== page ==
I love living in my little town. I love driving in rural Northern CA. But there’s something very soothing and inviting about city transit, where it’s all taken care of for you, just buy a ticket and get on, and get off where you need to, anytime, day or night. Whatever you need.

I had a ball last week, even with all the driving and parking and crazy turns. But what I wouldn’t give for about 72 percent of all the other cars to have been removed from the equation.

Picture Picture

A couple of weeks ago, I went on a quest for a big, gaudy frame to house some art in a particular spot here at home. Actually, to go outside by our pool. We have an ugly window in the side of our garage, which faces the pool — a perfect spot for some outdoor art with a frame to rival Versailles.

And where do we find the best gaudy frames (that we can afford)? Thrift shops, of course! Off I went in search of something I would never be caught dead REALLY looking for, but that would be perfect for the spot.

And in my own favorite local thrift shop, on my first try, I found it. The gaudy frame of my dreams. It was HUGE. It was faux gold. And in it was the heaviest mirror known to man. Good God, how did this mirror even stay on a wall? And the frame, which looks like wood, is actually plastic, which just adds to its complete and total cartoonishness. Seriously, like a movie prop. Perfect.

I bought The Gaudiness and took it home. It was the perfect size for the spot. I took out the mirror and put the frame around the painting I had created for this project, an abstract of various geometric shapes.

And it hit me.

My love of abstract art started with Mister Rodgers’ Neighborhood.

Picture Picture.

For those who didn’t grow up watching Mister Rodgers, “Picture Picture” was a large picture frame on the wall inside his house that always displayed some sort of colorful artwork, usually abstract, when it wasn’t morphing into a video screen at Mister Rodgers’ command. When asked, Picture Picture showed interesting short films, usually how something is made, like the crayon-making short from the Crayola factory (everyone’s favorite, right?). The films never had dialogue or voice-over, but a jazz soundtrack (usually jazz pianist Johnny Costa) played throughout, which I also realize is probably the genesis of my love of jazz. But that’s another story.

Picture Picture with Mr Rodgers

As a child, I always wanted a Picture Picture on our wall, because I thought the dissolve from artwork to a moving film was just magical. And now I have software on my laptop to do exactly that, in a heartbeat. I never would have dreamed 40-something years ago, watching Mister Rodgers, that I would be able to make footage do that while sitting at my dining room table. Oh, but I can.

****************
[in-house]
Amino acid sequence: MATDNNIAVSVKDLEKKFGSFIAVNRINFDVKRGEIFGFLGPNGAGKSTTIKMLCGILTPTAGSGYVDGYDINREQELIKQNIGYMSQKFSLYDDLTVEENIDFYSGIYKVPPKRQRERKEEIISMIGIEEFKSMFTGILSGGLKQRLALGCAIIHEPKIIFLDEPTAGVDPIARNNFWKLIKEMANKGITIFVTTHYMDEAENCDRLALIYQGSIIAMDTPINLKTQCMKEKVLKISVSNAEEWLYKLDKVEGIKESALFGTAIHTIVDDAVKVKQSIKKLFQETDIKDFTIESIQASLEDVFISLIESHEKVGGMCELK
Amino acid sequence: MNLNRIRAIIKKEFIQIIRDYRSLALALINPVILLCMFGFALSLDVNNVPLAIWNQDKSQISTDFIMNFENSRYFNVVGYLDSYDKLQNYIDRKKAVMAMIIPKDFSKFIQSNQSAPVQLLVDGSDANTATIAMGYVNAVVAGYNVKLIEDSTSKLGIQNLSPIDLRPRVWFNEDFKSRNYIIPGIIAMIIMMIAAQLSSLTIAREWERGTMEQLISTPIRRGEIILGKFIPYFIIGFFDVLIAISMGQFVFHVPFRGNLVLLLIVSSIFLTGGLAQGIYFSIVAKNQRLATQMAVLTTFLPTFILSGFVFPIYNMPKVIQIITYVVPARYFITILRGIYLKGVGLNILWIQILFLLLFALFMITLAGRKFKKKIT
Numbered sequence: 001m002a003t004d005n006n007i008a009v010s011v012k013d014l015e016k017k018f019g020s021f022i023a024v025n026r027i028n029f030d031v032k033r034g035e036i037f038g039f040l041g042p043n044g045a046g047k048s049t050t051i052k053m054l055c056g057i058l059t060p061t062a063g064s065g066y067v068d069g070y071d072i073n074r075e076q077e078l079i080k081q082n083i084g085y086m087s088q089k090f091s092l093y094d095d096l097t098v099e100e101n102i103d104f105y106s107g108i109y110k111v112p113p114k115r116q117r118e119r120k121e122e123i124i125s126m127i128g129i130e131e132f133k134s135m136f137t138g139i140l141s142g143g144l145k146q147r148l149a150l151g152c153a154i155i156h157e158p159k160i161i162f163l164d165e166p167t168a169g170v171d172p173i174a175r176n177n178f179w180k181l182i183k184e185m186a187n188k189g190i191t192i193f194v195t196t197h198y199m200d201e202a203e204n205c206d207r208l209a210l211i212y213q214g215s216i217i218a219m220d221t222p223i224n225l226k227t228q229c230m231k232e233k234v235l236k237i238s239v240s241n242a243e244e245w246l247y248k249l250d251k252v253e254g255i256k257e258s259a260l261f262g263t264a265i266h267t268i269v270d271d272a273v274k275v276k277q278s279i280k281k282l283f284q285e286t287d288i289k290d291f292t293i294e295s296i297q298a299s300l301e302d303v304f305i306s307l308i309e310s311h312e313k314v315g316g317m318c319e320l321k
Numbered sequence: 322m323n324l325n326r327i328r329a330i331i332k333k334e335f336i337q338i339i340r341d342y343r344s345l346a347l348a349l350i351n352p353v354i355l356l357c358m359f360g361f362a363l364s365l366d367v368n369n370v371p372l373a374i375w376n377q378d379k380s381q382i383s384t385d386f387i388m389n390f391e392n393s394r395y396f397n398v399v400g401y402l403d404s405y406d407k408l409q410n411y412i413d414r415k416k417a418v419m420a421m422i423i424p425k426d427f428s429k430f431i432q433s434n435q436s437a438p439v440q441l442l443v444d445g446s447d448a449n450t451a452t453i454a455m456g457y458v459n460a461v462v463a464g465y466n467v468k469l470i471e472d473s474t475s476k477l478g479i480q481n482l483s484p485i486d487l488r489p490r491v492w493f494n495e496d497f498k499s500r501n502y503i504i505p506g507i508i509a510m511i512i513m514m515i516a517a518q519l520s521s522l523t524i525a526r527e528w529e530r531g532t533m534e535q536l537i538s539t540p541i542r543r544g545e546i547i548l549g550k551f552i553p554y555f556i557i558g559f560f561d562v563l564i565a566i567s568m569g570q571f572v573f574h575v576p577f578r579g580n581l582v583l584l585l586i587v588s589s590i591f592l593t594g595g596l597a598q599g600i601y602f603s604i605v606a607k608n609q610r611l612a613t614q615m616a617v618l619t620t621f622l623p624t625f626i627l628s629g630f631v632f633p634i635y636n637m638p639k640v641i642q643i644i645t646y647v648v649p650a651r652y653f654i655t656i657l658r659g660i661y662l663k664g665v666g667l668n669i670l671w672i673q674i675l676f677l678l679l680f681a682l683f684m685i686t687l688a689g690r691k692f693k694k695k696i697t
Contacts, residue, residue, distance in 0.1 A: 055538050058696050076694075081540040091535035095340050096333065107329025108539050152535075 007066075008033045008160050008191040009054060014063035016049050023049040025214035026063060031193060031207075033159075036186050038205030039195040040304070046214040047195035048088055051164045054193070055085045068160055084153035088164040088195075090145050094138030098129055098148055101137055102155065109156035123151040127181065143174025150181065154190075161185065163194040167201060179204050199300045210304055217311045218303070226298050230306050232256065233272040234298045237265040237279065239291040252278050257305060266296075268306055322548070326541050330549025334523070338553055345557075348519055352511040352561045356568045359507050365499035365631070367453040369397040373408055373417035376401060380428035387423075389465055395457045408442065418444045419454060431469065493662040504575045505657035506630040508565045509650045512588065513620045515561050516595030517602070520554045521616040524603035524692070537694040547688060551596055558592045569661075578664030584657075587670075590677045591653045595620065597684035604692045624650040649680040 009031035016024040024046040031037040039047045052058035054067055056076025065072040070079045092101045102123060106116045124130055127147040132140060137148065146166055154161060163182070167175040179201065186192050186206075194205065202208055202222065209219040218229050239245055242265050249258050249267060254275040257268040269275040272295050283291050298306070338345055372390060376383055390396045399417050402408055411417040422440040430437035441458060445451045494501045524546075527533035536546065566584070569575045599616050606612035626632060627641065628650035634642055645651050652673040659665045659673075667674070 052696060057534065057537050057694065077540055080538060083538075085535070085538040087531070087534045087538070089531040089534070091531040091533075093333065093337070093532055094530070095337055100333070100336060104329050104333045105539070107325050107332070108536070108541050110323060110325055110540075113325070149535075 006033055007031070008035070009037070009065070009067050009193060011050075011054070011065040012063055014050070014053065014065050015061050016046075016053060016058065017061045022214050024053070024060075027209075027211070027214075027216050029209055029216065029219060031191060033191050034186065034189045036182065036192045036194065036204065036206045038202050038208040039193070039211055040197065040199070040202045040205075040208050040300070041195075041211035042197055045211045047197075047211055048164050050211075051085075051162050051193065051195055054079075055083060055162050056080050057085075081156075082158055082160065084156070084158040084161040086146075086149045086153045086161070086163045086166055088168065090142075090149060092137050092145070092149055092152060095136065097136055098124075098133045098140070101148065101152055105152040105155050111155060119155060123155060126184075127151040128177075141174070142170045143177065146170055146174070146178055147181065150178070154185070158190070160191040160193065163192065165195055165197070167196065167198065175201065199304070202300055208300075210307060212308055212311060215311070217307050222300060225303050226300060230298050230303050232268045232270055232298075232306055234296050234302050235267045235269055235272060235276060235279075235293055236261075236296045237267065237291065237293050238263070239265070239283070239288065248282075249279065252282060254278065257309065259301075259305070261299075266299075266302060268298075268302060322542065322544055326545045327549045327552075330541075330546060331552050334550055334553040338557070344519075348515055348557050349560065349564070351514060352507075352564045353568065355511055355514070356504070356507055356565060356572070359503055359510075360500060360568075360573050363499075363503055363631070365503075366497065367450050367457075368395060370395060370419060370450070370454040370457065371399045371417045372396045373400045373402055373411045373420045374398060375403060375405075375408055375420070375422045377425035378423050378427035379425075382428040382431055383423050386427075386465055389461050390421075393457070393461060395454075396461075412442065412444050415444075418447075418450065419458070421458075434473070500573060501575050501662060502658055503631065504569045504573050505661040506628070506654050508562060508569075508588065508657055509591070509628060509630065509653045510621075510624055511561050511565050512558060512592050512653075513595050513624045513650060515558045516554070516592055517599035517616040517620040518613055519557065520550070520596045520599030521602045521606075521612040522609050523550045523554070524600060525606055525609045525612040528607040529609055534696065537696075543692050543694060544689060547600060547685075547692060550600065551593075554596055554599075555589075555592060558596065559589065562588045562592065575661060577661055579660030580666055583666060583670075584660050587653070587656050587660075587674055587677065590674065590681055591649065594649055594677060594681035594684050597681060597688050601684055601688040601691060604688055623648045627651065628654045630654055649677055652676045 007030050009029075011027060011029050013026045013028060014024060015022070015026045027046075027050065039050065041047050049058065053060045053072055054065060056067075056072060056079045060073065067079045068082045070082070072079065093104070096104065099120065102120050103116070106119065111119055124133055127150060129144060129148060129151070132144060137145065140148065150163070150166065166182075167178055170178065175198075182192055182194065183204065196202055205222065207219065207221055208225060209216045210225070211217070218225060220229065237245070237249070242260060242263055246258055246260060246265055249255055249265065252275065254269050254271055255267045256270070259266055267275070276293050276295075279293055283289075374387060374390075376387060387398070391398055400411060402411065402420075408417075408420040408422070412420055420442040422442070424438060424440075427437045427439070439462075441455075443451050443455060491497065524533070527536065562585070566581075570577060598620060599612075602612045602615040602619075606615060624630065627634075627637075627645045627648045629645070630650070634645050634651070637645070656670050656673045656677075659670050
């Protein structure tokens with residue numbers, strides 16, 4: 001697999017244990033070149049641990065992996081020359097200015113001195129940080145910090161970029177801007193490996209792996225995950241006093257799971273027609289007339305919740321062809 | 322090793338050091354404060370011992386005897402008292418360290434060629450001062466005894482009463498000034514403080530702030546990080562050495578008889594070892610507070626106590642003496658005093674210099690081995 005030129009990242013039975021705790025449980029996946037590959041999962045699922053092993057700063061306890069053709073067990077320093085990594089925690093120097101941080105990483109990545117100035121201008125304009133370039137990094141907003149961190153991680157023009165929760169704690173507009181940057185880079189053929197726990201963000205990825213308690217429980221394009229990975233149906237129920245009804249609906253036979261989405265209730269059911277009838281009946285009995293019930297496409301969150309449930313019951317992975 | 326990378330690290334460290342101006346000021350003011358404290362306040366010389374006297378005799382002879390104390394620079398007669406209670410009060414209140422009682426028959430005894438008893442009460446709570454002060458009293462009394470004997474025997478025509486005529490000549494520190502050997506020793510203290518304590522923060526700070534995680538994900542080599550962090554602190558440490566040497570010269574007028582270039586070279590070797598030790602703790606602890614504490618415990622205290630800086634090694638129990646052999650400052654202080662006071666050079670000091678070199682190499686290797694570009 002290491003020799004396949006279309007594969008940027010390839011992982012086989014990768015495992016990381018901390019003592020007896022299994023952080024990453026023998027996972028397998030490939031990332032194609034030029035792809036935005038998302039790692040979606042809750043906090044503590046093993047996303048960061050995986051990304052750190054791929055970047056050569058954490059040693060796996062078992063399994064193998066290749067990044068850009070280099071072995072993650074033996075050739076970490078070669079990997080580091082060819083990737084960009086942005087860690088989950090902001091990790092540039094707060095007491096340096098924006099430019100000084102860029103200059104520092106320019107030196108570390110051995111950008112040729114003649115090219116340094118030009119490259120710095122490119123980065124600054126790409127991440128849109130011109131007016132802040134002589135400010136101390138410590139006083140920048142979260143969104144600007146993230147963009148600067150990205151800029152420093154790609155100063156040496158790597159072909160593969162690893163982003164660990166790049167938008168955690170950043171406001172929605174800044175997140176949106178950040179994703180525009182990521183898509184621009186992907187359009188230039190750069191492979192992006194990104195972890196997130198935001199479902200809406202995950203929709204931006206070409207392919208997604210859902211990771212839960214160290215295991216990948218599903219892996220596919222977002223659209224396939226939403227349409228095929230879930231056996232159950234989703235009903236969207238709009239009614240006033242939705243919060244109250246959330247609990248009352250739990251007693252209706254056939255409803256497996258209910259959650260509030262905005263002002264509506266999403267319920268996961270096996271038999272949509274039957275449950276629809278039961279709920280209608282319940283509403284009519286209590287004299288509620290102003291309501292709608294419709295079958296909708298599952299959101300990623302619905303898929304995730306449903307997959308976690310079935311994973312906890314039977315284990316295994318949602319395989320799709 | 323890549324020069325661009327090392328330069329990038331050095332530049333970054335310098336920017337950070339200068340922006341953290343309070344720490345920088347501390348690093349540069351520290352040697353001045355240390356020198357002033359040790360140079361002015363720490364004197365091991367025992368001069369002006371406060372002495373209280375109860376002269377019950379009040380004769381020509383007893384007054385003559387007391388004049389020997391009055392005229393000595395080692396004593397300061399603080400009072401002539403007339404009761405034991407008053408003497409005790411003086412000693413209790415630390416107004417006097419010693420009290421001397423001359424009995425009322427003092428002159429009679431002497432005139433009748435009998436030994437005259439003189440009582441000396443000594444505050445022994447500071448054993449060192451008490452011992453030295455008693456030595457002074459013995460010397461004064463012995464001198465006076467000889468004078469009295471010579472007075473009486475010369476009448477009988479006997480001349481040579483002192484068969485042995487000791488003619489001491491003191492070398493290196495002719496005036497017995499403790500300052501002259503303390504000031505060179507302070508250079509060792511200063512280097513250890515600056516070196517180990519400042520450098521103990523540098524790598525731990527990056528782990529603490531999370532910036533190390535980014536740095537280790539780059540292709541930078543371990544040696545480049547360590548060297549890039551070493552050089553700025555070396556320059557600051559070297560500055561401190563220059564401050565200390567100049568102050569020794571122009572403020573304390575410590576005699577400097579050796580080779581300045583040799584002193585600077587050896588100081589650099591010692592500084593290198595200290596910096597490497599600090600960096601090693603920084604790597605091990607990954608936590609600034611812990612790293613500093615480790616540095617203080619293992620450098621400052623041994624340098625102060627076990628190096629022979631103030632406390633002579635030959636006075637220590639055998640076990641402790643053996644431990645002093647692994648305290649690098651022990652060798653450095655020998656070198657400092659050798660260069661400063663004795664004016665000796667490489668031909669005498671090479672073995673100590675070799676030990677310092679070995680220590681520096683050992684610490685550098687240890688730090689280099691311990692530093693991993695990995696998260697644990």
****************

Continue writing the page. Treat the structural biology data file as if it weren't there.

I also liked the fact that Picture Picture functioned while built into the wall, a far cry from our huge console TV of the 1970s that held a plant, a clock and our fishbowl, as well as TV Guide every week.

So, the huge frame isn’t going outside, for the elements to destroy it. It’s going somewhere in this house, with abstract art in it. Picture Picture style.

And the outdoor art project? A new plan is in the works, no frames required!

Just back from the past

Wow….you never know what you’ll find when you open boxes in your basement. Oy.

My mother was a saver. She saved big stuff, like all our projects. But she also saved crazy stuff, like papers from our school telling when the next parent-faculty club meeting was. She saved, well, everything. So, when we moved to this house, I actually threw away a lot of the parent-faculty club meeting notices and the like, and saved the good stuff. Mind you, it’s in dozens of different boxes in our basement, for various reasons, but it’s here.

So, today, when I went looking for something entirely different, I found two folders of “News” from second grade. They were four-line reports of what was going on that day, in January and February 1972. Mundane, trivial stuff. But the names included were the treasures….one of them a friend I haven’t seen in years. Another whose children ended in the same school classes as mine. Another one currently our neighbor who was our school librarian in 1972. I shot some photos of the pages and posted them on Facebook, tagging those I could. Comments abounded quickly. Everyone enjoys a trip backward every once in a while.

In the big world, it’s these little things, these little trips to the past, that stand out at the end of a day. I don’t advise anyone spend too terribly long going back….it can be so painful. But today’s short trip was fun, and fun to share it with others.